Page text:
Above and beyond supply and demand, a book must have some sort of intrinsic value or importance. That is, what importance does a book have in the field of study to which it belongs? More simply put, does the book have research value? For example, Mary Wollstonecraft Shelley’s Frankenstein, or, The Modern Prometheus, first published in 1818, is quite popular and readily available whether in your local library or through any of a number of bookstores and online booksellers. But editions of this book are found in special collections. Both the original 1818 edition and the 1831 revised edition published in a single volume by Henry Colburn and Richard Bentley have intrinsic value for literary studies. The first presents Shelley’s ideas in 1818 before she suffered from multiple personal tragedies—the deaths of her son, daughter, and husband, of her friend, George Gordon (Lord Byron), and being betrayed by her friend, Jane Williams. The third edition, considerably revised by the author, reflects the change in her philosophical ideas. After suffering these tragedies Shelley revised the text to exemplify her belief that human events are not decided by free will but by material forces beyond human control.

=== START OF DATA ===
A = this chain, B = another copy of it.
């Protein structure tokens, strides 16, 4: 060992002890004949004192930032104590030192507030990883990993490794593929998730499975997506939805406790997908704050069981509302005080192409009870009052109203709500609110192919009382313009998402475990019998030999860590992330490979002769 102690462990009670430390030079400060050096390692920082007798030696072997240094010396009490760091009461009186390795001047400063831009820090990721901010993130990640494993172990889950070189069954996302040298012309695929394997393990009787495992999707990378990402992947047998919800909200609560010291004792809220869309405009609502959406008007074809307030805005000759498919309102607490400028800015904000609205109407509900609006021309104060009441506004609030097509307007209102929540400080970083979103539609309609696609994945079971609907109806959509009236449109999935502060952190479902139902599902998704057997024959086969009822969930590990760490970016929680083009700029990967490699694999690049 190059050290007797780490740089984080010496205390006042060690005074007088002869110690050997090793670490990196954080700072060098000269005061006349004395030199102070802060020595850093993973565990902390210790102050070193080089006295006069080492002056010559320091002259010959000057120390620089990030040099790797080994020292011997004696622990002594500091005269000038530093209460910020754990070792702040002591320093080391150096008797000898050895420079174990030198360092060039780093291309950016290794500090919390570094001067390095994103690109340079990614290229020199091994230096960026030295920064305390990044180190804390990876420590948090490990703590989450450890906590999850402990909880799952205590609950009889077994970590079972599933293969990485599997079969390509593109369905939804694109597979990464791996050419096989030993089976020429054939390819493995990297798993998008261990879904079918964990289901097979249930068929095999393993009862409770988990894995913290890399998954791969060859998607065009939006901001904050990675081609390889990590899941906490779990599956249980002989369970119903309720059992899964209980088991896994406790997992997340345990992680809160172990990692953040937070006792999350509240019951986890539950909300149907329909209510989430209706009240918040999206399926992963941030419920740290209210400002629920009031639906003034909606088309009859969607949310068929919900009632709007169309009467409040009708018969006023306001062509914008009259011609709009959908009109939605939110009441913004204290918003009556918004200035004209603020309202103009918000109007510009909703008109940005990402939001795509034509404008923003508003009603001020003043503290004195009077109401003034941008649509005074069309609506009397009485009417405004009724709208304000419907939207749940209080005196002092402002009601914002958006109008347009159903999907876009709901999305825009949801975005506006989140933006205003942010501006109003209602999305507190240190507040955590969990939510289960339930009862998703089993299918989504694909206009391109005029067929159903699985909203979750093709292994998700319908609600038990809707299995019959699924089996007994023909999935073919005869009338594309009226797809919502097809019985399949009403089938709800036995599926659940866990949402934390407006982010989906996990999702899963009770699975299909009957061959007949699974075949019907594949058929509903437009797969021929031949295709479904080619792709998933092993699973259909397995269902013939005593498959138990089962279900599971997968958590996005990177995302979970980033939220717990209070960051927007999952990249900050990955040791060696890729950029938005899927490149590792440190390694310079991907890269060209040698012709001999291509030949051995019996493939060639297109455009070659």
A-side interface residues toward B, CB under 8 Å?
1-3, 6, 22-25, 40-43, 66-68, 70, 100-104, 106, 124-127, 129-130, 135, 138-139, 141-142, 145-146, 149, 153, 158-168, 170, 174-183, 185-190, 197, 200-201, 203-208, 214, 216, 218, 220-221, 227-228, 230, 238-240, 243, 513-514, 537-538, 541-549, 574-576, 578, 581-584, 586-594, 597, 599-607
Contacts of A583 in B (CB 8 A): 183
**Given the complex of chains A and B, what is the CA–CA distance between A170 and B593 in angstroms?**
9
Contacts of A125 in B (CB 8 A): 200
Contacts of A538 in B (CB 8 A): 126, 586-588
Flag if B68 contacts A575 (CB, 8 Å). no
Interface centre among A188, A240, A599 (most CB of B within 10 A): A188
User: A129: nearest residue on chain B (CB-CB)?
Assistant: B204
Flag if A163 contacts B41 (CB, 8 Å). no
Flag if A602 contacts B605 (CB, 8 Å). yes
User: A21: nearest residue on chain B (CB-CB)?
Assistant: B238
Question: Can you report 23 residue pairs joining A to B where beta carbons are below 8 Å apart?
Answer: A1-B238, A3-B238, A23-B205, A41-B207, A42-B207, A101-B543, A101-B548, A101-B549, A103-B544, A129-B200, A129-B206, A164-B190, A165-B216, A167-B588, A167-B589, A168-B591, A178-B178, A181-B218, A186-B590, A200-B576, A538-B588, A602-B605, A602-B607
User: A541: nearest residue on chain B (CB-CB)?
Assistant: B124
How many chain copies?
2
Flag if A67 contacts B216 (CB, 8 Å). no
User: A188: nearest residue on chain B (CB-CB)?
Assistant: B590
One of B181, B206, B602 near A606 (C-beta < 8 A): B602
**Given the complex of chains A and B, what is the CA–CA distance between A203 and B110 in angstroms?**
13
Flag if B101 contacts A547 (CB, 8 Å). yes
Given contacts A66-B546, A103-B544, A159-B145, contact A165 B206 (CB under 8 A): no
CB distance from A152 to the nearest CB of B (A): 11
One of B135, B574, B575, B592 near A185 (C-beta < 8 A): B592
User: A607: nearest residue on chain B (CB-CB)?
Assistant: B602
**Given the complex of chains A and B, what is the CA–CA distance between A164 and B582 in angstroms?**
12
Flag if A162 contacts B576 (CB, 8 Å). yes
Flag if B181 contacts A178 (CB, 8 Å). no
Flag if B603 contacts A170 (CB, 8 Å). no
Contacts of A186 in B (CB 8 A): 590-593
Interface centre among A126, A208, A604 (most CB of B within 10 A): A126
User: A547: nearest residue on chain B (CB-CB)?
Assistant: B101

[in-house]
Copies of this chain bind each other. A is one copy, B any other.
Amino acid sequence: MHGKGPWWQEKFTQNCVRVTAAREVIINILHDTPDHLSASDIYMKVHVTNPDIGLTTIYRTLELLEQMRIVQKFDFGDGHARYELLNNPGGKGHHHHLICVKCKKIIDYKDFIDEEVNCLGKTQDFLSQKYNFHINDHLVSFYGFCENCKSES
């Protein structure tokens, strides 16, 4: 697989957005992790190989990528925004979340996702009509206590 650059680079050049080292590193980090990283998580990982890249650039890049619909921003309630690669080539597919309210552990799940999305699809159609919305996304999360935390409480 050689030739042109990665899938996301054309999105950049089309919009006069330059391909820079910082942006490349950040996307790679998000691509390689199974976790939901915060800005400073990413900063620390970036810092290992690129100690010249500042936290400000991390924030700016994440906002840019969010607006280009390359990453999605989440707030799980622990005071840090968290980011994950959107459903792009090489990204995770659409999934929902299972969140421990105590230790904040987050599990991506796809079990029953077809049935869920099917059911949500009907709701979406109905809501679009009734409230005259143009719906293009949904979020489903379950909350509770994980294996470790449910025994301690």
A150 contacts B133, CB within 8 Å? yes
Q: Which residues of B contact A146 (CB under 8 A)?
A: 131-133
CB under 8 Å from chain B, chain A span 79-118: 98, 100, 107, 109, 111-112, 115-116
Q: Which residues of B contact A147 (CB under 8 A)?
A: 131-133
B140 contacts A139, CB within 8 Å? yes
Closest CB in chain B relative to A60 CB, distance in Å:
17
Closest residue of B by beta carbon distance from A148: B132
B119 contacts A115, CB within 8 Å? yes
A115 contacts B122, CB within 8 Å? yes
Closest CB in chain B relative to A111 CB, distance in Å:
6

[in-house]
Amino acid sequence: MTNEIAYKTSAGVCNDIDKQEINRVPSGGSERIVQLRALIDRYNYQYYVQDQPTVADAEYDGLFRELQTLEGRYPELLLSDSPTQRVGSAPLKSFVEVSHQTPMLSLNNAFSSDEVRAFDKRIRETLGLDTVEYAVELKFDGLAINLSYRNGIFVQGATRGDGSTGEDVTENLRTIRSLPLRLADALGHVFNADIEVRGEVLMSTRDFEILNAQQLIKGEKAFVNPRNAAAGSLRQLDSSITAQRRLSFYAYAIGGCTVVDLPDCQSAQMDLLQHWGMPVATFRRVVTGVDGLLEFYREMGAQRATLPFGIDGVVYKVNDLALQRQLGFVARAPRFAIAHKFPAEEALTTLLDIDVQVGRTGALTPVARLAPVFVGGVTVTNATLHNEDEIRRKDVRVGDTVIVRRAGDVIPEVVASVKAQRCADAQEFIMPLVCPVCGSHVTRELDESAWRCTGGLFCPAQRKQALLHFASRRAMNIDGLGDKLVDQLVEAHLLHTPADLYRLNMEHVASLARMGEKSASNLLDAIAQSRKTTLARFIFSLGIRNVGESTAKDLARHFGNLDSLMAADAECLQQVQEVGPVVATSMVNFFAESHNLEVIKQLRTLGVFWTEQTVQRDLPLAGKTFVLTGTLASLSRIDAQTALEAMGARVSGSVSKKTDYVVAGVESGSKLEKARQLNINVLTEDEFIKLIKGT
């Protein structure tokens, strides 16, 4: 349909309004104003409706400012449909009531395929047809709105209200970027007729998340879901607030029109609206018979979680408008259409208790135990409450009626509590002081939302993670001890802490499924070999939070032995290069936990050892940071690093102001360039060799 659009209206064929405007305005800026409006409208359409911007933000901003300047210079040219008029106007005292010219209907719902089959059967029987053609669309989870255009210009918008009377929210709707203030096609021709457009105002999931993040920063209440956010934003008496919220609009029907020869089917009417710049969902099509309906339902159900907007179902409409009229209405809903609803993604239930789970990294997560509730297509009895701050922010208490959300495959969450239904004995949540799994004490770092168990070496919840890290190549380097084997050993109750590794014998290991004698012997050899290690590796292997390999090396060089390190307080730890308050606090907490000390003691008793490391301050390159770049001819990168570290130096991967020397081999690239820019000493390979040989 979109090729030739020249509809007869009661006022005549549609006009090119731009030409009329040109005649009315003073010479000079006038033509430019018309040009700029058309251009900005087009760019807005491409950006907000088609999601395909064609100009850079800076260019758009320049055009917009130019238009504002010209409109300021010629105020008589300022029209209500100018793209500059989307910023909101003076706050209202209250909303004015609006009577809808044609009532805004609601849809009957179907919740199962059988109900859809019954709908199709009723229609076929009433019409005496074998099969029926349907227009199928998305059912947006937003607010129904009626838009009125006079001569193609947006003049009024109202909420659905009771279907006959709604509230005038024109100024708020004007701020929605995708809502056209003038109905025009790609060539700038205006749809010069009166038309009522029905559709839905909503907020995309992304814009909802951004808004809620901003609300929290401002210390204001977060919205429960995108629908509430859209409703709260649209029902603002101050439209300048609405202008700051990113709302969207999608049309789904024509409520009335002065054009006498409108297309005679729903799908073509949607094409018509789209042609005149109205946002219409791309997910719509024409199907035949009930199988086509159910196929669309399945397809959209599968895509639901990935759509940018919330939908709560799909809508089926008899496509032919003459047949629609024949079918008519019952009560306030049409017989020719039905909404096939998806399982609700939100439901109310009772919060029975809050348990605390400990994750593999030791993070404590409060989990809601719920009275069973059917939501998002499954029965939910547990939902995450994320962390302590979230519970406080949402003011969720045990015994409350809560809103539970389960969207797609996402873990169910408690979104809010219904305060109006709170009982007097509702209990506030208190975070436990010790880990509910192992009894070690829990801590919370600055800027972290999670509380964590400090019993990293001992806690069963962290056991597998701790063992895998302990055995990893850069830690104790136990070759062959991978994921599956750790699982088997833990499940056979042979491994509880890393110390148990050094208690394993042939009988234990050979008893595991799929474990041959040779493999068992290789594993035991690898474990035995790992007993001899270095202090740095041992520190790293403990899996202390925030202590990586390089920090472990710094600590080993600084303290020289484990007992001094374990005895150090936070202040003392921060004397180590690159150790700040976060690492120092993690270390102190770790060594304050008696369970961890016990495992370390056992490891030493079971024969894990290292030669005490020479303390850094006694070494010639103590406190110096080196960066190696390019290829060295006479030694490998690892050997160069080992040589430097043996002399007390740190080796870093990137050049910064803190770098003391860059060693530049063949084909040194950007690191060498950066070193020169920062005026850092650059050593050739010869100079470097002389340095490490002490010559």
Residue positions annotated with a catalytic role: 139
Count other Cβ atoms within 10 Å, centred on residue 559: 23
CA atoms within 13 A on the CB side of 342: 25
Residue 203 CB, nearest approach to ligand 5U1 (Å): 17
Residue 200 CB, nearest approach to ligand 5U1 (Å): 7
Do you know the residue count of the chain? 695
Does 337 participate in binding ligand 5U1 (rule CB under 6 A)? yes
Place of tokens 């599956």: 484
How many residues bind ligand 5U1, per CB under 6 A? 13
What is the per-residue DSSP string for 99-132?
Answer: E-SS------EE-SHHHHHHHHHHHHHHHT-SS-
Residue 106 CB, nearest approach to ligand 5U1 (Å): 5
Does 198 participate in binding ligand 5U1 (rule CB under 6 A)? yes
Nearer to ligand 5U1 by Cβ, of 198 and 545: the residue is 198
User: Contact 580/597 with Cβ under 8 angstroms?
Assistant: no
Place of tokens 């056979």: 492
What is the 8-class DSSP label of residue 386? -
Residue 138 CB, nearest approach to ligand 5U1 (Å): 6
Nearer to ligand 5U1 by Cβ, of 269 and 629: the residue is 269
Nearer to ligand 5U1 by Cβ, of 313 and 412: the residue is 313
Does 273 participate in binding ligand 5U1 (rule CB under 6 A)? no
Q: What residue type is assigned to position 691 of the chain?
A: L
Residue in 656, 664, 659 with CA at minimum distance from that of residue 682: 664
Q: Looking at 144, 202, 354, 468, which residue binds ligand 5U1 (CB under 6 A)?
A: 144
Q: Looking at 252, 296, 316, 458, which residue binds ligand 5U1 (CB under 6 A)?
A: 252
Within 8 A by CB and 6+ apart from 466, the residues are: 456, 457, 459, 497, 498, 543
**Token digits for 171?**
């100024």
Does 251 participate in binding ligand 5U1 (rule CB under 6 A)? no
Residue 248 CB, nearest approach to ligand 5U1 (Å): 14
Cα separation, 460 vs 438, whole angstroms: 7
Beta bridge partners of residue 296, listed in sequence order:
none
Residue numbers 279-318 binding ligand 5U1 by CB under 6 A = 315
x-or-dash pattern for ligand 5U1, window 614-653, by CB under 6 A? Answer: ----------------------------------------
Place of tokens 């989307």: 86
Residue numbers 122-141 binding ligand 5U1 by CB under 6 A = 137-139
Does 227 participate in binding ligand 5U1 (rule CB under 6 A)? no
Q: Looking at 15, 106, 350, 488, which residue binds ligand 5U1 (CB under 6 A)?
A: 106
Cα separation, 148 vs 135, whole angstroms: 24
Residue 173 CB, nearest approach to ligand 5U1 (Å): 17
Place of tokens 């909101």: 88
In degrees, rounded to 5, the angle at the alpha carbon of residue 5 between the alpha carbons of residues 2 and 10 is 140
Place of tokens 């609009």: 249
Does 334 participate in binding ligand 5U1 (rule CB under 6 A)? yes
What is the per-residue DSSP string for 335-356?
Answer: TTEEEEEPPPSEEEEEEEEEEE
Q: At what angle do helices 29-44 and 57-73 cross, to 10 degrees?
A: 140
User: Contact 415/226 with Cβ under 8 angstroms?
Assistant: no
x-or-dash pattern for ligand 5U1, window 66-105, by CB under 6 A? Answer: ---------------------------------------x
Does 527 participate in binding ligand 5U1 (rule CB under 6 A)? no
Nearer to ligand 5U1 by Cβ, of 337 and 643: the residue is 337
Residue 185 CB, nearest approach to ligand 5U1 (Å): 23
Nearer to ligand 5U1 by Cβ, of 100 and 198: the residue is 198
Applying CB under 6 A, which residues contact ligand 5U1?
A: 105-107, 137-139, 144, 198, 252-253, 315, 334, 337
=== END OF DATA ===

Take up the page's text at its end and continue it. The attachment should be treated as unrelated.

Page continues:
BOO_003701271_v1-00g-blackA book might be considered rare if it is the first printing, has particular historical importance, or has specific significance to a particular collection, institution, or other setting. The Holy Bible printed by Matthew Carey in 1790 is one example of all three of these considerations. The Carey Bible represents the printing of the first Catholic Bible in the United States, known also as the Douay-Rheims version. The specific copy of this Bible held in ND Special Collections has further significance to the campus. Locally referred to as “The Badin Bible,” the three volumes comprising this copy were given to Father Stephen Badin (1768-1853) by Bishop John Carroll (1735-1815), the first bishop appointed in the U.S. Father Badin founded a school and church for the Potawatomi Indians, the site of which is now part of Notre Dame’s campus. He also purchased land and gifted it to the Diocese of Vincennes; this land was the parcel upon which the Notre Dame campus was built. ND’s copy of this Bible contains a handwritten dedication to Badin and the ex libris bookplate of Stephen T. Badin.